Magazine Article

Lapping Up Attention

May 1st, 2011

Triathletes to teens take to the waters of the Helene Madison Pool

By Rebekah Denn

Carly Tu first joined the WAC for access to its pool, but it wasn’t until a few years later that she took full advantage of what it had to offer.

Training for her first IronMan competition, “I just knew I needed to kick it up a notch,” she said. So Carly asked Aquatics Supervisor Jennifer Mesler if she would be a good fit for a Masters Swim Team. “I’m new to this. I’m not sure how it works,” she remembers emailing Jennifer. “Is it OK that I only know how to do freestyle?”

As she found, there’s room for everyone at the historic pool.

Classes start as young as 6-month-old infants, stretch through all levels to an active juniors swim team, then phase into adult classes. Grownups can access everything from beginning adult instruction, focusing on basic strokes and breathing, up to technique and endurance workouts and triathlon training.

Help doesn’t have to be restricted to the poolside, either. Need help with open-water swimming for triathlons? Jennifer can arrange private lessons in local lakes.

Generally, she said, members should just ask if they need something where the pool staff can help. They’ll be “more than happy” to try and make it happen.

About 3,000 members each month use the pool, which has been a significant draw for members since it opened in 1930. Grandparents tell the beginners, “‘I had swimming lessons here when I was a little person,’” Jennifer said.

“They keep coming back.”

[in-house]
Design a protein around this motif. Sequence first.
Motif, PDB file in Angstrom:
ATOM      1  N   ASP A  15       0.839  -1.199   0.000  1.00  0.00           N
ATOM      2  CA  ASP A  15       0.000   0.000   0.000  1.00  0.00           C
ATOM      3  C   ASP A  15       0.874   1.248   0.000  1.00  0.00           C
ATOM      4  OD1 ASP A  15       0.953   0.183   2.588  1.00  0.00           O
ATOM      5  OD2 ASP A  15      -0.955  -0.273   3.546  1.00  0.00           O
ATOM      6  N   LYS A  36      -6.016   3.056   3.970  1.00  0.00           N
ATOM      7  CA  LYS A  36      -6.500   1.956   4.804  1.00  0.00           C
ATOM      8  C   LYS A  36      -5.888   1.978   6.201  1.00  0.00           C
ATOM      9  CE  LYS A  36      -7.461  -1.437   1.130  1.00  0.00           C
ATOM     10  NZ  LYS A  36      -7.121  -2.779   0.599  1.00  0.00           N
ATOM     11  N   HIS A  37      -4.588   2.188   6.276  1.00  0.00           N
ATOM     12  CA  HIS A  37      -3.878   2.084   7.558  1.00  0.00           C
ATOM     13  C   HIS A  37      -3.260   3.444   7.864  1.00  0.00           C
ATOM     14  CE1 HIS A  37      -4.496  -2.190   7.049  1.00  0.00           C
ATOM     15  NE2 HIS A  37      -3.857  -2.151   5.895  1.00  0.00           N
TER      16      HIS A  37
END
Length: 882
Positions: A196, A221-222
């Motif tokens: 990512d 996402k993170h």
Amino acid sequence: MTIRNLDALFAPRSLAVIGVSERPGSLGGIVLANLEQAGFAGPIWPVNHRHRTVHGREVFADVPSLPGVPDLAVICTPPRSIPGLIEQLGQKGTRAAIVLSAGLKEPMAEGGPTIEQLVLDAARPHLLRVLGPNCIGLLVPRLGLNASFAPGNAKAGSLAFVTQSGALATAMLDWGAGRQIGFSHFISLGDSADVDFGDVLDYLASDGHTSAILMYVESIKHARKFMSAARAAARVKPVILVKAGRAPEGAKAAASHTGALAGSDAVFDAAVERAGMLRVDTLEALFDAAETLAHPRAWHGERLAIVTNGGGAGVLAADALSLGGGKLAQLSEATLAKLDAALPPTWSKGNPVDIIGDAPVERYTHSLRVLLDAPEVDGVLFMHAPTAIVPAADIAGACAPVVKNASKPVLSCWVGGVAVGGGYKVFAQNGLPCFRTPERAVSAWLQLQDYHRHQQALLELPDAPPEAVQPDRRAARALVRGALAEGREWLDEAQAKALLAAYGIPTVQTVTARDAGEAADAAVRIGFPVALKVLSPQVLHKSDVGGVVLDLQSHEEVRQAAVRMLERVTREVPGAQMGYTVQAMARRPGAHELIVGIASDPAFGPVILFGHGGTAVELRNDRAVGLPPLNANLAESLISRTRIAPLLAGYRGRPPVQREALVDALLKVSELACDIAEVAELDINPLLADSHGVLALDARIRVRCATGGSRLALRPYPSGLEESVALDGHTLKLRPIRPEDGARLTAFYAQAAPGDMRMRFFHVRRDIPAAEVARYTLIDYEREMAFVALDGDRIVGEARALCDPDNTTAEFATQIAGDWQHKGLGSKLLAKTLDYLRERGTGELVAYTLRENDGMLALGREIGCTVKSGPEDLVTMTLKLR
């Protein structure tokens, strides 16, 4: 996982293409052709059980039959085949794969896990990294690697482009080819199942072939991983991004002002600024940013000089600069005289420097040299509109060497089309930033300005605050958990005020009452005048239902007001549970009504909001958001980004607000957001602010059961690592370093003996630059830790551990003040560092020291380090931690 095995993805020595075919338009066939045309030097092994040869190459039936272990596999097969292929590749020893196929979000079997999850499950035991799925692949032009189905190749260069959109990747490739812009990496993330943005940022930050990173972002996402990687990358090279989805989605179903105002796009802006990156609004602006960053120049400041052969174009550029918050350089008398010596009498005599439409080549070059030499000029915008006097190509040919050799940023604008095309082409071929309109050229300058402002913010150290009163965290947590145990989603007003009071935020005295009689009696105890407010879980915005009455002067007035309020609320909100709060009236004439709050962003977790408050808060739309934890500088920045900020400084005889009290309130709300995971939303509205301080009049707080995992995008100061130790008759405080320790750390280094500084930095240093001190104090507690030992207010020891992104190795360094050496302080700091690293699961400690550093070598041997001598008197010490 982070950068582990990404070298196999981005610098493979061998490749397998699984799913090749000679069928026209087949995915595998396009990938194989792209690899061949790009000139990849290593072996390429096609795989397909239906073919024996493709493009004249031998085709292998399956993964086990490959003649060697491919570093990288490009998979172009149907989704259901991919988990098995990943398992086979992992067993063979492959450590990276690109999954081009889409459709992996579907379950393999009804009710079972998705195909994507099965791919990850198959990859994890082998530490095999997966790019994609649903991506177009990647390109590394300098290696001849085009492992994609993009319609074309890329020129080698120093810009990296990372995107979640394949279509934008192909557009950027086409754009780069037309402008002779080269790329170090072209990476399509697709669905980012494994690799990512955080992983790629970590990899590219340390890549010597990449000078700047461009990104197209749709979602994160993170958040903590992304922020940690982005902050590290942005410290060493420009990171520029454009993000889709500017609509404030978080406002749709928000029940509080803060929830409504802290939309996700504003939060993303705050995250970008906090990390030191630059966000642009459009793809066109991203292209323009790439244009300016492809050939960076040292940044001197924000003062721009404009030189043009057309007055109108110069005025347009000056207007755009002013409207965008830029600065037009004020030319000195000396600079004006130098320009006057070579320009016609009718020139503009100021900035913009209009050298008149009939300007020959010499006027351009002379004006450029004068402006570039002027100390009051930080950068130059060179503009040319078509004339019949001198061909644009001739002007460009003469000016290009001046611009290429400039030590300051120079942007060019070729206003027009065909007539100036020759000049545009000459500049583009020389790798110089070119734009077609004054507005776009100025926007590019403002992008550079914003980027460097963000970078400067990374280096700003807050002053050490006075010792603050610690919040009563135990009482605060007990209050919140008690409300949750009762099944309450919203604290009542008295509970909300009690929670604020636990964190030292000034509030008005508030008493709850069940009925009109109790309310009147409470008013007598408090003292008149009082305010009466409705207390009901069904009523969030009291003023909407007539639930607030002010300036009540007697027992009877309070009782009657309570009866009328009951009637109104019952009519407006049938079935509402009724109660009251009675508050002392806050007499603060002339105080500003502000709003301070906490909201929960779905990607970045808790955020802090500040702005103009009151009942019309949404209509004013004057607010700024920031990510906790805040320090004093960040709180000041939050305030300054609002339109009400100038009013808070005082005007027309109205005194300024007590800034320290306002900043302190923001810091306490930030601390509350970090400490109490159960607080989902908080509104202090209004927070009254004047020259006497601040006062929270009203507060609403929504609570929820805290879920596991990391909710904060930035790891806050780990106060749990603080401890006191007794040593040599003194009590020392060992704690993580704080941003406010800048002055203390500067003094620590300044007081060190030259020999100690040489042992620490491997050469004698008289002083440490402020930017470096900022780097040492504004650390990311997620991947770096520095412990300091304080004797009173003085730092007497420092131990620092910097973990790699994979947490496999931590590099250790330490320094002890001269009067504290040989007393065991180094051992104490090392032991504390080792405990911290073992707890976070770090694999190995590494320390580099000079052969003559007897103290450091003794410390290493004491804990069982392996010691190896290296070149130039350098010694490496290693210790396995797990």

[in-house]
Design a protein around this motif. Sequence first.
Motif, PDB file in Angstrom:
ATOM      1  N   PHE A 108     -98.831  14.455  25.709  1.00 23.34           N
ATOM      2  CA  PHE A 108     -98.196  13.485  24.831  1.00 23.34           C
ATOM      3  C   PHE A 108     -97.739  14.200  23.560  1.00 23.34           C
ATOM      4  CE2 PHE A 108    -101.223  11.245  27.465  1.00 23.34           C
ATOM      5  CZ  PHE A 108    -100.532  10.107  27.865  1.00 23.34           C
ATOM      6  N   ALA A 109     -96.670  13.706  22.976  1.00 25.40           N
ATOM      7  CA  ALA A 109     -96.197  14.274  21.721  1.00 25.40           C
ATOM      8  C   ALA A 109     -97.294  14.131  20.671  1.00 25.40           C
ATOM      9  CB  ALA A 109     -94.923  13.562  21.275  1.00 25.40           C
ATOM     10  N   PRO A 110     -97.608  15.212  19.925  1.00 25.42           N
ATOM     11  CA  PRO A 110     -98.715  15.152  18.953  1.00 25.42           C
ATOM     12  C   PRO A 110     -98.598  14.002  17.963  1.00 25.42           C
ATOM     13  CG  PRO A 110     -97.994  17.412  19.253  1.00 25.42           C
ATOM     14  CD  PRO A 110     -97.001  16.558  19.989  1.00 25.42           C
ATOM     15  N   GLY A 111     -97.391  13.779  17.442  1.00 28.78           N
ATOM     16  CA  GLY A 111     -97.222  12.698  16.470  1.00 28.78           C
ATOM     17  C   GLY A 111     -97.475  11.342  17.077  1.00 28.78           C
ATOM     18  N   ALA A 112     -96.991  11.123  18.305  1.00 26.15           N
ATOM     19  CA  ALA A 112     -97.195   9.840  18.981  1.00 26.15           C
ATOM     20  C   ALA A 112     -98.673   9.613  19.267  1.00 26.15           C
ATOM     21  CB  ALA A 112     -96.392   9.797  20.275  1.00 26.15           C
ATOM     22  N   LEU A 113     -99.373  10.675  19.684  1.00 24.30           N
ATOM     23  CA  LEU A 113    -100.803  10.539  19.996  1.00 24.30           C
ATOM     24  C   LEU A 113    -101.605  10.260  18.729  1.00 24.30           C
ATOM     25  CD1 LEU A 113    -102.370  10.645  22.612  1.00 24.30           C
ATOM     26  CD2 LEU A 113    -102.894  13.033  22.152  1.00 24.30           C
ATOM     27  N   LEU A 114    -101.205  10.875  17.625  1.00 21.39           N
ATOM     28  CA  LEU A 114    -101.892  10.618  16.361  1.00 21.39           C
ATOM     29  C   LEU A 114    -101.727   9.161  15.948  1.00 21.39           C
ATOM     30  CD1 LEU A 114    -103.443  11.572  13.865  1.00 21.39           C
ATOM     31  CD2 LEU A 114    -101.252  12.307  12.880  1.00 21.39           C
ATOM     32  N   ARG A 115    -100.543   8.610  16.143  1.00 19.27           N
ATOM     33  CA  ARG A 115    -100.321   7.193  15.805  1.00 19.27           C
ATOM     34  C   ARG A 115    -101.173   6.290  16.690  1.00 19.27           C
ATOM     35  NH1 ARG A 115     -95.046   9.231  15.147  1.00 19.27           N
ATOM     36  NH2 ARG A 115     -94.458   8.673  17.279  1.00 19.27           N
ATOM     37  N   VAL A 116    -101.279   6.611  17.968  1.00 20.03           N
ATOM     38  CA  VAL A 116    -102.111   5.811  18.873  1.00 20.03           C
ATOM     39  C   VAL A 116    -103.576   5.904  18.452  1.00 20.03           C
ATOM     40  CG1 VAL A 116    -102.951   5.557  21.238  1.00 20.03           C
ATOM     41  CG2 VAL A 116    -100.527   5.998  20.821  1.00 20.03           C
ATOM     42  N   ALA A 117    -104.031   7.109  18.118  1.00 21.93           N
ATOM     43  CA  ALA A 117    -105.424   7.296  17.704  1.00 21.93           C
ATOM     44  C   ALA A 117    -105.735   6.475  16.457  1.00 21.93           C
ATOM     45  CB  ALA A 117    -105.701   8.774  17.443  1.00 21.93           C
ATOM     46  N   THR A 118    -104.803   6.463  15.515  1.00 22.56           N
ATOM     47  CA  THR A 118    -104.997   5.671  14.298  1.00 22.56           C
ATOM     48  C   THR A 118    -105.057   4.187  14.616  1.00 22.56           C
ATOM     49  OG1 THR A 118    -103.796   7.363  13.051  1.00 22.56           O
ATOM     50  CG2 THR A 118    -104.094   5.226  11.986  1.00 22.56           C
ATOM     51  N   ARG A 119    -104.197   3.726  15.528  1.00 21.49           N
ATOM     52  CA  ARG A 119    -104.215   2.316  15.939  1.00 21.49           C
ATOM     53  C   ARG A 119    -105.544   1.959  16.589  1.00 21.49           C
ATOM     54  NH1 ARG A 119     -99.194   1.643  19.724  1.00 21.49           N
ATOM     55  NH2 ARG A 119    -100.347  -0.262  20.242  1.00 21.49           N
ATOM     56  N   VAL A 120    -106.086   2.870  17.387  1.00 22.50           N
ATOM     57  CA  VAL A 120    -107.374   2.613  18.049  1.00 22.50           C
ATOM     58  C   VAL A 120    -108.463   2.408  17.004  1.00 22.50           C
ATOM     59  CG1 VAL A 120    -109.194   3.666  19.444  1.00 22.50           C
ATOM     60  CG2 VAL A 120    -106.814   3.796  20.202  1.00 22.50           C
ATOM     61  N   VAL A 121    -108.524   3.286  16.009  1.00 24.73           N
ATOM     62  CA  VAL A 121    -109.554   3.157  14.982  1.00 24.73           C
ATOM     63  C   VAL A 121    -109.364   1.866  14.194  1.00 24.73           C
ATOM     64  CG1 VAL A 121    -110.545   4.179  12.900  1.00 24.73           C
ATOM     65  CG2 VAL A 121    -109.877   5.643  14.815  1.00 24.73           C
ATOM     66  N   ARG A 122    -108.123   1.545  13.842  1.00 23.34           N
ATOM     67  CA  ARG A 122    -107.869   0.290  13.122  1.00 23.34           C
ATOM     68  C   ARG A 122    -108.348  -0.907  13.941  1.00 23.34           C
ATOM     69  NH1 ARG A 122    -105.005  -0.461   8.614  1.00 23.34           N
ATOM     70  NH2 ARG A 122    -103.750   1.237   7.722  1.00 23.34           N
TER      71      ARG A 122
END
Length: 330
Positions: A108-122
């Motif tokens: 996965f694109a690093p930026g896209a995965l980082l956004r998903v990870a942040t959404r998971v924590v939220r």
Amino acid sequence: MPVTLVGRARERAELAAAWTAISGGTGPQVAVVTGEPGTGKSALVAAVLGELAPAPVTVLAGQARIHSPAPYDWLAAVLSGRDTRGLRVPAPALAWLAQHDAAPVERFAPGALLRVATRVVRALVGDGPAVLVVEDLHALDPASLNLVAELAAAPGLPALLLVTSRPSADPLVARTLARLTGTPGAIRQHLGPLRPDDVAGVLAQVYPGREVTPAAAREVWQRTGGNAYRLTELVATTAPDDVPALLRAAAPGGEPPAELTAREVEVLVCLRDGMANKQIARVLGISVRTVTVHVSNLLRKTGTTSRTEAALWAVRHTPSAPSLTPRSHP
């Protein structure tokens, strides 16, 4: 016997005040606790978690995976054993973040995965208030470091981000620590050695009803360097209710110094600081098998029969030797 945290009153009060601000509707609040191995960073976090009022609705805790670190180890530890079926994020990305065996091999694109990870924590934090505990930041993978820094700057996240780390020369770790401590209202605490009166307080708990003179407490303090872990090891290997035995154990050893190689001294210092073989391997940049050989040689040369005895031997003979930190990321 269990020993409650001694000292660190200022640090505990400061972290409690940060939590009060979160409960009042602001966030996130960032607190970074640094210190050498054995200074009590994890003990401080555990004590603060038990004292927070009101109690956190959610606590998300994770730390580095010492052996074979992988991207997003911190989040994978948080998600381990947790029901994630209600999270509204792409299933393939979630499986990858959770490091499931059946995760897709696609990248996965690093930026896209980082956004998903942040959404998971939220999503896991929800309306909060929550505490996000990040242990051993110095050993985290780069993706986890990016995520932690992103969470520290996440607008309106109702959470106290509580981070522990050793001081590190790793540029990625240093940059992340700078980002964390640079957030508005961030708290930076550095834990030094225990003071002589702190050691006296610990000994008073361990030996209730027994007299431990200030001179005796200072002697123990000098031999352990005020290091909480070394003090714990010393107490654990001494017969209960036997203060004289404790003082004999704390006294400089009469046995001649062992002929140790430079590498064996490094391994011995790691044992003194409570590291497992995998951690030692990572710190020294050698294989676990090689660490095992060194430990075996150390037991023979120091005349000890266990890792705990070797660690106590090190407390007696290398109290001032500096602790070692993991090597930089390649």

WAC member Matthew LePley, for instance, said he does hit the treadmill for occasional workouts. He lifts some weights. But “what draws me in,” three to four days per week, is the adult masters class.

The class, focusing on both technique and endurance, initially appealed to Matthew because it’s an organized, intense, hour-long workout. But over the years, it’s become a source of camaraderie and teamwork as well.

“There’s a small group at the WAC (in the class), and I just get a lot of pleasure from seeing them every day, and we have a lot of fun and get a good workout at the same time. It’s the best of both worlds,” he said.

Carly Tu felt the same: “It’s a really supportive community at the pool. You get to know people, they get to know you,” she said.

The class “is probably the best thing I’ve ever done for my swimming.”

Carly worked on speed and endurance in the class, and wound up finishing 13th in her age group out of 81 participants in her first IronMan.

“They say you can’t win it in the swim, but they say you can lose it in the swim. And I improved my time enough that I at least came out of the water competitive,” she said.

She’s now training for her second (including aquajogging while she recovers from a stress fracture).

“I really got hooked, and just kind of wanted to know where my limits were. And I haven’t reached them yet” she said.

“I’m hoping to be at the front of the pack this year.”

The WAC pool is recognizable in historic newspaper clippings like the one featuring the women’s relay team, “a quartet of speedy mermaids who will seek new aquatic honors for Seattle.” One of those “mermaids” was celebrated swimmer Helene Madison, who went on to win three gold medals at the 1932 Olympics, receiving what called the largest ticker tape parade in city history. The pool was renamed in Madison’s honor in 1960.

A 2002 renovation preserved the antique charm of Madison’s day, but brightened and updated it. “One of the goals was to keep the original architecture of the pool intact—and, in some cases, to bring it back to the original architecture,” said Wayne Milner, Vice President Athletics.